September 6, 2017
ANN ARBOR — When Michigan takes the field Saturday for its home opener against Cincinnati, you can expect with near certainty to see Chris Evans line up first at running back.
The sophomore earned that right after a standout freshman season that saw him rush for 600-plus yards. During preseason camp, he gave the coaching staff no reason to strip him of his title as starter.
And for now, that will remain true. But Michigan’s running back situation remains fluid and open for business, running backs coach Jay Harbaugh said Wednesday.
“It’s a great thing to start a game,” Harbaugh said. “But in terms of roles throughout a game, things change tremendously from the first quarter to the fourth quarter. In the big picture, who starts isn’t terribly important.”
For anyone that follows the Michigan football program, this isn’t breaking news. Head coach Jim Harbaugh has pushed a “meritocracy” since arriving in Ann Arbor, or the idea of putting the best player in the game. And that’s where this whole story shifts.
Last Saturday, in Michigan’s 33-17 win over Florida, it was senior Ty Isaac who had the hot hand. Isaac has said he’s realized this is his last go-around in college, and he looked like a man on a mission against Florida. He rushed for 114 yards on 11 carries, matching a career-high set in 2015, and came through in the first quarter with a 36-yard run on third-and-12.
“He was playing fast, he was playing at his full speed,” Harbaugh said. “He was decisive. He was great after contact. I think he had like 80 yards after contact, which was huge. He played with a physical presence that he has and we needed him to play with.”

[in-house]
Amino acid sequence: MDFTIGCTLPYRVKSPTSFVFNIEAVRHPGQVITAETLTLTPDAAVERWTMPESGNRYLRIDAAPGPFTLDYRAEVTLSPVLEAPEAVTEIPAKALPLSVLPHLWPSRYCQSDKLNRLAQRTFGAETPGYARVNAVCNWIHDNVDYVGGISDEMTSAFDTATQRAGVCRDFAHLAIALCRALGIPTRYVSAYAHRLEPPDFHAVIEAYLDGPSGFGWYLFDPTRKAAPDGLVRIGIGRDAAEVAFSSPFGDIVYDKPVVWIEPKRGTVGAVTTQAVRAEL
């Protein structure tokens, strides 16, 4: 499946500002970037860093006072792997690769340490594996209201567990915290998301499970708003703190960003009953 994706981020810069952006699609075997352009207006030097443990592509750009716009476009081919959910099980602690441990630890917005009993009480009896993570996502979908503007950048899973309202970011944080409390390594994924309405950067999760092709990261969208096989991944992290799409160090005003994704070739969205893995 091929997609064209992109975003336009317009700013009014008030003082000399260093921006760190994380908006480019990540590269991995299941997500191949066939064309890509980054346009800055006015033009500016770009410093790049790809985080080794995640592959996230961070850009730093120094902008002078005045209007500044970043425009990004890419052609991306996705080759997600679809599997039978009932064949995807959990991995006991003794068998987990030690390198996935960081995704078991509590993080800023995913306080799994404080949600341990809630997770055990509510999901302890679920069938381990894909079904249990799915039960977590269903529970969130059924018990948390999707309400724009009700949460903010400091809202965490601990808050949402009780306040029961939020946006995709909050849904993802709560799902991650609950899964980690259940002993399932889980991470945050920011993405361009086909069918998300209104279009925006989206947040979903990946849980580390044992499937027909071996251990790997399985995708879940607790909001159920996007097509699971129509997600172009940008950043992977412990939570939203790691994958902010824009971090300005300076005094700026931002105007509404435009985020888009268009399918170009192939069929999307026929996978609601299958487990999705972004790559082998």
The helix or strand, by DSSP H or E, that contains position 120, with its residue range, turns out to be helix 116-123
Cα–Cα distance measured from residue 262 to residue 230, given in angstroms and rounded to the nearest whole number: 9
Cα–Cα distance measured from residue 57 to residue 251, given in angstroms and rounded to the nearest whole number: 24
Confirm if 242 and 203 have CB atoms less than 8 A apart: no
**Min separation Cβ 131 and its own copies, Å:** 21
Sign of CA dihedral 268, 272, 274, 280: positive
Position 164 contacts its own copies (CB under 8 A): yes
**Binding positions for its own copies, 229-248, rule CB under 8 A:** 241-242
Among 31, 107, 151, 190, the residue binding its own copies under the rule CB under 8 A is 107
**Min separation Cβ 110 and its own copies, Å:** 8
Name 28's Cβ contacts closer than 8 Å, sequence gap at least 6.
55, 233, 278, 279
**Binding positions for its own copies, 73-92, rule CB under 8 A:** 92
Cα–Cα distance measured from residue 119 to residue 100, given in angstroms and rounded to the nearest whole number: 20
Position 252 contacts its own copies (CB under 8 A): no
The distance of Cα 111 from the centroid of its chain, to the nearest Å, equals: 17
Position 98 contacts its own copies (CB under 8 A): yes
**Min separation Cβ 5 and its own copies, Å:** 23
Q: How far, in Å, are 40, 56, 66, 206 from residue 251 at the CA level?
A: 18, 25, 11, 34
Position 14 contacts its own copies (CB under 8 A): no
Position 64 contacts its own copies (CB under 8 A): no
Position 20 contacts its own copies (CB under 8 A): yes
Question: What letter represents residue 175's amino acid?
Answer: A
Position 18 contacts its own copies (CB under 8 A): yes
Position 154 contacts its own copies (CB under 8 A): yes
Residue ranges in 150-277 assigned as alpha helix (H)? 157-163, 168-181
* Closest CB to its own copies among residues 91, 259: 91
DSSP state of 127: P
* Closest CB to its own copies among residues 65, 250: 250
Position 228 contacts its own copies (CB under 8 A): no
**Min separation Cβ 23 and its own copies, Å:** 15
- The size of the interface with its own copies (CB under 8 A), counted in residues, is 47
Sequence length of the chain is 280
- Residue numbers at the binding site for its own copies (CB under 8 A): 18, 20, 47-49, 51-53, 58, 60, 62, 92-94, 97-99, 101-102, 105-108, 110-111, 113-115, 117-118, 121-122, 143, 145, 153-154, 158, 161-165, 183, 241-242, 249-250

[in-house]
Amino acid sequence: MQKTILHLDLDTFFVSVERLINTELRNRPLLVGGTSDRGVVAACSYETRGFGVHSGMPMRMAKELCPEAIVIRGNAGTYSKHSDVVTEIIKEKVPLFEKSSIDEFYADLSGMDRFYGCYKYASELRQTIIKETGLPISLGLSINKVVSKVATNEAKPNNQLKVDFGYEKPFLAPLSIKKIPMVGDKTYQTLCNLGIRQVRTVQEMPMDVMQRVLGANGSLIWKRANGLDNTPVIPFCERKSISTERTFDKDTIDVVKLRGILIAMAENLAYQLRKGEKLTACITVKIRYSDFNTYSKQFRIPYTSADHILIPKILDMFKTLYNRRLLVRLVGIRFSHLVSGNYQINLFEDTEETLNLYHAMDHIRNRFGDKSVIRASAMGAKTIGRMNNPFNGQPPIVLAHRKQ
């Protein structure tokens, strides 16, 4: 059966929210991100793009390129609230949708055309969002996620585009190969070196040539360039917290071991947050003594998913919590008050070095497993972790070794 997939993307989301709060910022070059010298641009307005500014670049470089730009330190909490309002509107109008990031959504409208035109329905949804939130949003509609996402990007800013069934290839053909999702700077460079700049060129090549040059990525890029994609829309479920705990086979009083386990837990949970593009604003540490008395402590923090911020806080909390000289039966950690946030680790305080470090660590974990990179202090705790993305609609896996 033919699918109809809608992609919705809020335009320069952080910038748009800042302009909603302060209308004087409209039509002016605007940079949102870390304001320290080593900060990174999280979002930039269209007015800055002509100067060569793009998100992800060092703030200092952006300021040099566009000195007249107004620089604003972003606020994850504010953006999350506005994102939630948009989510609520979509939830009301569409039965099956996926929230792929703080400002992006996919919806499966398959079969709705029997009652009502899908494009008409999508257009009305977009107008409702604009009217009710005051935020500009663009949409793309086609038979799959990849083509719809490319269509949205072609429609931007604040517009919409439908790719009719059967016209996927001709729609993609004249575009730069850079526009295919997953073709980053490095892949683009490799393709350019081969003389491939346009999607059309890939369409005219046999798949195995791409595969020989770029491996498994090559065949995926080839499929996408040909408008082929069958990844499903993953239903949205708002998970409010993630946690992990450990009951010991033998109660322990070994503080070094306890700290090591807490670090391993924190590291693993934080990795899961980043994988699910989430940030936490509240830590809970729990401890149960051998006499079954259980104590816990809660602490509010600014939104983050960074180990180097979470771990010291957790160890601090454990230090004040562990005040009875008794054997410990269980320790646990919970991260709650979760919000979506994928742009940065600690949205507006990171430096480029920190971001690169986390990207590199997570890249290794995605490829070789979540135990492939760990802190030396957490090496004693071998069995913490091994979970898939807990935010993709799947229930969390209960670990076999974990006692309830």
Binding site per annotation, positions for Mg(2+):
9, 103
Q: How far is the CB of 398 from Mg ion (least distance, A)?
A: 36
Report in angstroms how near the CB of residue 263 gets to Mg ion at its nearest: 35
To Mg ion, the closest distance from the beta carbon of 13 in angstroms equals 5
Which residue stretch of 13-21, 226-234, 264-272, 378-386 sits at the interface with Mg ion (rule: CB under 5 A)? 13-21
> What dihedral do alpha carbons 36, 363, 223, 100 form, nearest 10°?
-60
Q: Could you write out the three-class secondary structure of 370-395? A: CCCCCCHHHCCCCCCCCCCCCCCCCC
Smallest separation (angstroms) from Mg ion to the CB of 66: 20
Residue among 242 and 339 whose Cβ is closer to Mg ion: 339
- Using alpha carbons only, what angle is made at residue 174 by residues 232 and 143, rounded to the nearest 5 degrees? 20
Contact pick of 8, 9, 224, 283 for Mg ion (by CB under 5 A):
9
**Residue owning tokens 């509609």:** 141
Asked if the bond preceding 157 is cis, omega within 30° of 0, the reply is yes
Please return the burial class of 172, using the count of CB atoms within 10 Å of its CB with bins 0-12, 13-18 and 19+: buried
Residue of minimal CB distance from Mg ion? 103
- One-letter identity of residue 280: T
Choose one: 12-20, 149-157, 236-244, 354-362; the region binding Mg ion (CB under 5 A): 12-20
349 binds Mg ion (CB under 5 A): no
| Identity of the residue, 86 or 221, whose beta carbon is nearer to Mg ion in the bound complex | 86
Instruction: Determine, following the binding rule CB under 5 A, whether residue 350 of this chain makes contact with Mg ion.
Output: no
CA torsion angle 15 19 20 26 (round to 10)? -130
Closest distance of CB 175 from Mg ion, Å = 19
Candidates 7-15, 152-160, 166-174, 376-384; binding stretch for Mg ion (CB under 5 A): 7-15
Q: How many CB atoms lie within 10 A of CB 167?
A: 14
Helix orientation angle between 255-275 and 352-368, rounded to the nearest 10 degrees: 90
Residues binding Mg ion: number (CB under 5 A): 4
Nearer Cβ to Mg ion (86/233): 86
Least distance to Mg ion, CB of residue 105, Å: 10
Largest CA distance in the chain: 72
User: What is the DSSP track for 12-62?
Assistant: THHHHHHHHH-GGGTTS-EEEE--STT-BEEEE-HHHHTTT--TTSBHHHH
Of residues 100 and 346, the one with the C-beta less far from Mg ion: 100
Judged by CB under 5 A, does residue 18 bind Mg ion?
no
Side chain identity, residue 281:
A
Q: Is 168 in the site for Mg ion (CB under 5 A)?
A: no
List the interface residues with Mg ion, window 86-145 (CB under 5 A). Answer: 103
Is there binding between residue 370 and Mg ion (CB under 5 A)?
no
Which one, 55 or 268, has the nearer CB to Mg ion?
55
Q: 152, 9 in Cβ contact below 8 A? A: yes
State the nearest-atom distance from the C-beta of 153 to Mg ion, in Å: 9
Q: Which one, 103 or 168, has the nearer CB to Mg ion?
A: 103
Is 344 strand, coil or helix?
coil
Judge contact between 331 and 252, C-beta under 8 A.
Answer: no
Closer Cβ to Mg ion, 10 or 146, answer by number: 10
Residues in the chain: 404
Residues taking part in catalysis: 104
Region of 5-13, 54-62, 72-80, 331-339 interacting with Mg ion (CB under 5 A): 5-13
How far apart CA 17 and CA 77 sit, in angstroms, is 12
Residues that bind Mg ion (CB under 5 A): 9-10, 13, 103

Harbaugh won’t go into specifics on plans to divvy up carries for Michigan’s game Saturday against Cincinnati (Noon, ABC), but it’s a safe bet to assume the 5-foot-11, 206-pound Evans gets the first crack. He took 22 of the 40 carries dispersed among Michigan’s three-back rotation against Florida, rushing for 78 yards and a long of 29.
Then there’s junior Karan Higdon, healthy after suffering an injury-plagued 2016, who rushed for 29 yards on seven carries and scored Michigan’s only rushing touchdown of the game.
“They’re certainly competitive,” Harbaugh said. “Every running back is going to want the ball, but they’ve done a great job of being unselfish as a group, rooting for each other’s success and still taking advantage of their own opportunities. I expect them to want the ball more.”
Harbaugh acknowledges the unique abilities of each but imagines, in a perfect world, a running back group that is interchangeable. Evans has the most speed, while Isaac edges him in size. And there’s hope that Evans one day could become a reliable third-down back.
Until then, the Michigan coaching staff plans to go with the hot hand. The player who has the best beat on the defense. Because at the end of the day, that’s what helps wins games.
“It’s a little bit more fluid,” Harbaugh said. “And that’s because we have confidence in all of them. That’s where that stems from. We don’t feel like there’s any runs Karan can’t go in and perform on. Same with Ty, same with Chris.”